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Posted January 4, Reviewed by Lybi Ma. The sex and romance literatures reinforce the standard perception that casual sex among adults across a of ages is common. For some individuals, it is an emotionally momentous life event; for others, merely a blip on their sexual landscape.
Some people only occasionally dabble, while others utilize casual sex as their primary sexual outlet.
The research question for psychologist Rose Wesche and colleagues was not whether adults engage in casual sex but when they do, is it a positive or negative life event, and what factors predict the emotional outcome of casual sex? For example, do the sexes evaluate casual sex in a similar manner? They reviewed over 70 research articles to explore these issues. Although the preponderance of the evidence was positive, negative casual sex encounters were reported by many individuals who had at least one negative experience. Nearly three-quarters of individuals in several studies experienced regret, negative feelings, or embarrassment.
Few studies assess this directionality dilemma because the preconditions of the person emotionally, physically, sexually and the context in which casual sex occurs are not always considered. Thus, explicit detail about what causes positive versus negative outcomes is largely unknown. Perhaps some individuals engage in casual sex because they are lonely or depressed; others because they are feeling invigorated and horny; and others because the opportunity was random or unplanned and they went for it.
In several longitudinal studies, although engagement in casual sex might have had short-term negative effects on emotional health, there was little evidence that it was detrimental on long-term emotional health.
The authors suggested that having positive emotional outcomes when engaging in casual sex encounters can be enhanced if individuals have, prior to the experience, educational guidance regarding sexual decision-making as to whether and under what circumstances such behavior is desired. Teaching about verbal and nonverbal consent practices would also be helpful.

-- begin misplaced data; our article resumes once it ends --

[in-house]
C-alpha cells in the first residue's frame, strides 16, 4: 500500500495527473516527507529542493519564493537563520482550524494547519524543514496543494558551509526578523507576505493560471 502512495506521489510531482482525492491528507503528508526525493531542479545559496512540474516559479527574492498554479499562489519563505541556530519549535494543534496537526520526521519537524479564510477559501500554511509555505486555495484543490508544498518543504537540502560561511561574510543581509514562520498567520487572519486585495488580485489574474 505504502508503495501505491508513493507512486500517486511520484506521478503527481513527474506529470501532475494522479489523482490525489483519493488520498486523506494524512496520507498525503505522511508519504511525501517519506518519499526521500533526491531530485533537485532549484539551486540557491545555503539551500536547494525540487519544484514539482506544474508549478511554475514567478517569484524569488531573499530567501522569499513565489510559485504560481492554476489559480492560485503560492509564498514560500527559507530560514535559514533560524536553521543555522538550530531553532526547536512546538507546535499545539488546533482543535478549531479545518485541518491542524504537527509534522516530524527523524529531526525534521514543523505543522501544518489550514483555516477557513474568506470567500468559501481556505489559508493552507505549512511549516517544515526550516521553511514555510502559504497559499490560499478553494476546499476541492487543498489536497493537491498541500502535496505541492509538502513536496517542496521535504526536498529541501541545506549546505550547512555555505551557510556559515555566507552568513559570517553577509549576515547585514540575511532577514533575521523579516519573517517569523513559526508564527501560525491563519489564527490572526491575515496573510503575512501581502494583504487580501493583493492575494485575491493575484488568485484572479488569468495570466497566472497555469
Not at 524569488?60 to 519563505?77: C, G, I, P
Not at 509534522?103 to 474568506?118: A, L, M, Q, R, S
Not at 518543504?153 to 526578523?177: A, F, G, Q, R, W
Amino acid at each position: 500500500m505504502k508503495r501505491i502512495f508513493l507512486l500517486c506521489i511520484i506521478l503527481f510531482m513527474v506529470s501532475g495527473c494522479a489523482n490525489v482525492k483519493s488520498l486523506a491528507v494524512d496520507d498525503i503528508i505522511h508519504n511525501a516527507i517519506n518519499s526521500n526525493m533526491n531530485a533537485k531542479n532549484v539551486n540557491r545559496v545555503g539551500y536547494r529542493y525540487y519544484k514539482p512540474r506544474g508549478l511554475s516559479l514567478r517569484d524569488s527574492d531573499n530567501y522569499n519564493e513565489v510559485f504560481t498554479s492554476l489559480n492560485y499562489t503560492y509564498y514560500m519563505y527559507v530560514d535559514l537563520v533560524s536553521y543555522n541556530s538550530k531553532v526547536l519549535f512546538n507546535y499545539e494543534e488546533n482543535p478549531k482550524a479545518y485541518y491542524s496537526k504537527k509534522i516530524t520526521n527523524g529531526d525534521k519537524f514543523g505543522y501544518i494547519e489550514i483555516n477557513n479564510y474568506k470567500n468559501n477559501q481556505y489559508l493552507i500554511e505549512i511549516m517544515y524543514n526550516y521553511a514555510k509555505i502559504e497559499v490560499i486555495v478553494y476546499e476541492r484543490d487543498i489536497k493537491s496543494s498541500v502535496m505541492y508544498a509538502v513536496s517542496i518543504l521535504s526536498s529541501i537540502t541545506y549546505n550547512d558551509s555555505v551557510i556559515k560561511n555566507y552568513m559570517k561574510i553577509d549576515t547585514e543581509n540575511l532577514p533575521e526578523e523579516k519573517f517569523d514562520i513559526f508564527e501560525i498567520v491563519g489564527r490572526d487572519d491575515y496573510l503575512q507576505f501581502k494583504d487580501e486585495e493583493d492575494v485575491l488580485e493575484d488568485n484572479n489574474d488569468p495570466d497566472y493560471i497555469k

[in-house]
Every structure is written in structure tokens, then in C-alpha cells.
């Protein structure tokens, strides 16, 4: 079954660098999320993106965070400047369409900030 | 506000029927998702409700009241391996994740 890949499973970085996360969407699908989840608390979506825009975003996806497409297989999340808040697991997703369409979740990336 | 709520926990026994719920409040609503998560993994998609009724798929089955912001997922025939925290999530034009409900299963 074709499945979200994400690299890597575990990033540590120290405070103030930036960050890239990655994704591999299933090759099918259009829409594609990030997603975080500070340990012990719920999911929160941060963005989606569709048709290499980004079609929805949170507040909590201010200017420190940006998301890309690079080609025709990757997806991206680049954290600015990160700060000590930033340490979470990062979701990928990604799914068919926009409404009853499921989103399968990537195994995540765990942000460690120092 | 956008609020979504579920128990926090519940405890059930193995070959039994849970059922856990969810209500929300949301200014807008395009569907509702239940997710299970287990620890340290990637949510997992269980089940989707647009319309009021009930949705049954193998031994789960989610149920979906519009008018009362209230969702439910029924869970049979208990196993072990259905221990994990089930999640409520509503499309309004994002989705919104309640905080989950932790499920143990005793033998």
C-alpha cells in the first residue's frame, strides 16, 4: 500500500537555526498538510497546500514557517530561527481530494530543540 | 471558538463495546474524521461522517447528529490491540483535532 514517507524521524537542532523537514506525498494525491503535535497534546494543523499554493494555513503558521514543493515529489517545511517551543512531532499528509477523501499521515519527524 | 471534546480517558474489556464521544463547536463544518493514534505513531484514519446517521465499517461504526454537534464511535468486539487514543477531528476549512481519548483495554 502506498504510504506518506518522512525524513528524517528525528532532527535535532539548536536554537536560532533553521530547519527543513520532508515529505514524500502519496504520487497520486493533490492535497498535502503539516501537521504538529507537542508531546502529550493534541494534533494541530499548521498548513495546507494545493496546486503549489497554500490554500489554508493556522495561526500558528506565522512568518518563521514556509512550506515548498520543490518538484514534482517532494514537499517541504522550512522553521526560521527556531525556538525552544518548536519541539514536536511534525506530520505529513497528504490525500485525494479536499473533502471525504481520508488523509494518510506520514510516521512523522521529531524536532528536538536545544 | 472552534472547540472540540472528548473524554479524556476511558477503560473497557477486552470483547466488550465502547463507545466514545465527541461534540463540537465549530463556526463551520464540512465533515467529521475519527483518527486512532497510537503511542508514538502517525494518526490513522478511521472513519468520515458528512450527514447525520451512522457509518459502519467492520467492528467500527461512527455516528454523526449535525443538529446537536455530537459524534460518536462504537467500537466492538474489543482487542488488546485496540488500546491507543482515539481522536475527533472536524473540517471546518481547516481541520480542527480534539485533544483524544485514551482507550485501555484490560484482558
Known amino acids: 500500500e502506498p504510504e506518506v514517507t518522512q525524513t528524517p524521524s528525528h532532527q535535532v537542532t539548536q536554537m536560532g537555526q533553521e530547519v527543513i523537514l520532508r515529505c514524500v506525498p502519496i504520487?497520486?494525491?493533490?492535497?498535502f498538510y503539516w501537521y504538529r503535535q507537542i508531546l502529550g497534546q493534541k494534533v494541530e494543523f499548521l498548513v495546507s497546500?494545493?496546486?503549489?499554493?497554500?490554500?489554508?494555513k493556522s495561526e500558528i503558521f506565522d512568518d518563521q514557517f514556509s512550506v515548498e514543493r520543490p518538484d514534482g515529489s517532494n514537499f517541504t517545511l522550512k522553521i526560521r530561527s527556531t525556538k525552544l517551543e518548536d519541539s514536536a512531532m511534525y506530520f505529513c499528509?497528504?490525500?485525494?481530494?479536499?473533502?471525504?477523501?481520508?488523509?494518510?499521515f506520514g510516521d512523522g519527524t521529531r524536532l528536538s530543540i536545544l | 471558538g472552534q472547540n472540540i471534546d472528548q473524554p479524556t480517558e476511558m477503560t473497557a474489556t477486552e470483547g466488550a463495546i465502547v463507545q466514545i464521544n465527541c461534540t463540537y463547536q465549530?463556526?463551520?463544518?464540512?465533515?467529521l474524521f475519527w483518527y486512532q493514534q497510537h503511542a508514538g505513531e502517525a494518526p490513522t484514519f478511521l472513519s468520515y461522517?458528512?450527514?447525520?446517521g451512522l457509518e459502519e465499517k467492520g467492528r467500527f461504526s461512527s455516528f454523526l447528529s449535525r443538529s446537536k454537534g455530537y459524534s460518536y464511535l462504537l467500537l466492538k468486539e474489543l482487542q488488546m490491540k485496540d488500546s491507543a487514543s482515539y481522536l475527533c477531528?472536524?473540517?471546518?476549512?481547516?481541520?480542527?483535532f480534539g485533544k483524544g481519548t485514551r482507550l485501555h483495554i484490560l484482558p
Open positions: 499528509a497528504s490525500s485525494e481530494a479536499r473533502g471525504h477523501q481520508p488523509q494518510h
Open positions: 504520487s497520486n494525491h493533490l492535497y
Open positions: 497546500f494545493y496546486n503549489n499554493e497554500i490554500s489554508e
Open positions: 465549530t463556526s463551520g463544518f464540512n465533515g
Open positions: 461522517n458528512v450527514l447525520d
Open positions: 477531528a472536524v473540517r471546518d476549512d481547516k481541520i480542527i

My addition to this advice is to advocate that this instructional process should commence during middle school with an explicit educational program that provides clear and value-free information about casual sex. Maybe we can insert such programs into our curricula during Wesche, R. Claxton, S. Journal of Sex Research. Ritch C. Savin-Williams, Ph. Worry is driven by mood, not logic. Anxiety holds your deepest yearnings.
And you can subdue it for good. Three experts turn everything you know about anxiety inside out. Savin-Williams Ph. Sex, Sexuality, and Romance.
A review reveals most people evaluate their casual sex as positive. Key points A review of studies on casual sex sought to determine which factors predicted the emotional outcome, and whether they differed for men and women. People reported ificantly more positive than negative feelings about casual sex episodes, but women were more likely to have regrets.
Overall, encounters were viewed more positively when the partner was someone the partner knew. References Wesche, R. About the Author. Read Next. Back Psychology Today.
Back Find a Therapist. Back Get Help. Personality Passive Aggression Personality Shyness. Family Life Child Development Parenting. View Help Index. Do I Need Help? Back Magazine. September A Sigh of Relief Worry is driven by mood, not logic. Back Today.
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